While it's easy to assume (and you know what happens when you assume) that being one of the top downloads in Apple's App Store would mean you and your company are rolling in the money, a new survey shows that not to be the case.     

According to AppInTop and CPIEra.comwho posted a blog to the Huffington Post, many of your favorite free app in iTunes isn’t making much money, if any at all. The only apps making significant money, according to the blog post, are those who are offering in-app purchases. Of the top 50 free apps in the App Store, AppInTop says only 12 make money on a daily basis.     

When its blog was posted, the top 10 apps included Piano Tiles, Battery Doctor- 2048, Notability, Snapchat, Don't tap the White Tile 2, Dots, Make It Rain: The Love of Money and Facebook Messenger. Of those only Dots and Make It Rain are generating money. The biggest earners after the top 10 are Swamp Attack, 8 Ball Pool, Beats Music, Pandora Radio, Clash of Clans, Dwarven Den, SoundCloud, Frozen Free Fall, Skype for iPhone and Perfect 365.  

 "Interestingly, only Dots and Make It Rain are making money," writes Natasha Starkell, with Mobile marketing analytics for CPIEra.com. "For Dots the revenue is nearly $1,800 on that day that extrapolates to $656,000 per year (assuming that the app stays in the rating throughout the year). For Make It Rain in-app monetization appears to work better. The app makes $7104 per day and the equivalent of nearly $2.6 million per year."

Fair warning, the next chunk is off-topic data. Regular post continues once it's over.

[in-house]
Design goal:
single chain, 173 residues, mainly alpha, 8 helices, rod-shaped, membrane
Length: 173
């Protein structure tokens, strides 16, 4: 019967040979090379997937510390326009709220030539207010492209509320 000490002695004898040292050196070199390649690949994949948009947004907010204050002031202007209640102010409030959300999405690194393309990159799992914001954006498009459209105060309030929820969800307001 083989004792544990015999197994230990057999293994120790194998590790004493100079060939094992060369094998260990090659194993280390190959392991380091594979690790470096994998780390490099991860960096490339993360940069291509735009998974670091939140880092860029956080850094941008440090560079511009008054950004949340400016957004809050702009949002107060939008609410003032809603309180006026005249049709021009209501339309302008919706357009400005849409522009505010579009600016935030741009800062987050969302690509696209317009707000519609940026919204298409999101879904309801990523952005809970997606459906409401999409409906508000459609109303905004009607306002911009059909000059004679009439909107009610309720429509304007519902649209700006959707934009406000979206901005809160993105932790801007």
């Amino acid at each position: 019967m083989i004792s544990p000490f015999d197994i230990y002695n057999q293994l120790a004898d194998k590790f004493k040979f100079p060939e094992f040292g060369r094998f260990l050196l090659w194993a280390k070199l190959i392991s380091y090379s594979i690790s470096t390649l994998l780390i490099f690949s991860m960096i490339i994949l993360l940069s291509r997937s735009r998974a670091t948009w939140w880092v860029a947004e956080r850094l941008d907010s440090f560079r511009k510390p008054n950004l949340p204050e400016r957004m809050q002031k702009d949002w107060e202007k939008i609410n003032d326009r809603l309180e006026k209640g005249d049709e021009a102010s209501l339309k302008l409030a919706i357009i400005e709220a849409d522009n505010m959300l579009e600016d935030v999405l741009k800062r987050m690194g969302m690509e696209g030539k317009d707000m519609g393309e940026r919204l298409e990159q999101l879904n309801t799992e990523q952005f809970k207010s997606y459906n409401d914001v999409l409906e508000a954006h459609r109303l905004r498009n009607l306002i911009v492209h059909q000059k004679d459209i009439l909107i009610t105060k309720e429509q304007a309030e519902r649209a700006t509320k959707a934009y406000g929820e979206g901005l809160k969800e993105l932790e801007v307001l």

"Amongst the top 50 overall free apps in the Apple App Store the biggest earners are Clash of Clans ($168'000 revenue per day, 33,700 downloads per day) and Pandora ($120'000 revenue per day, 34'900 downloads per day)," Starkell continues.     

One big flaw of AppInTop's ranking is that the revenue it posts for each app does not include advertising. Advertising in mobile games can be big money, just ask Flappy Bird developer Dong Nguyen. Prior to its removal from the App Store, Nguyen said the game was generating $50,000 a day in advertising.     

To read the rest of AppInTop's blog post, click here.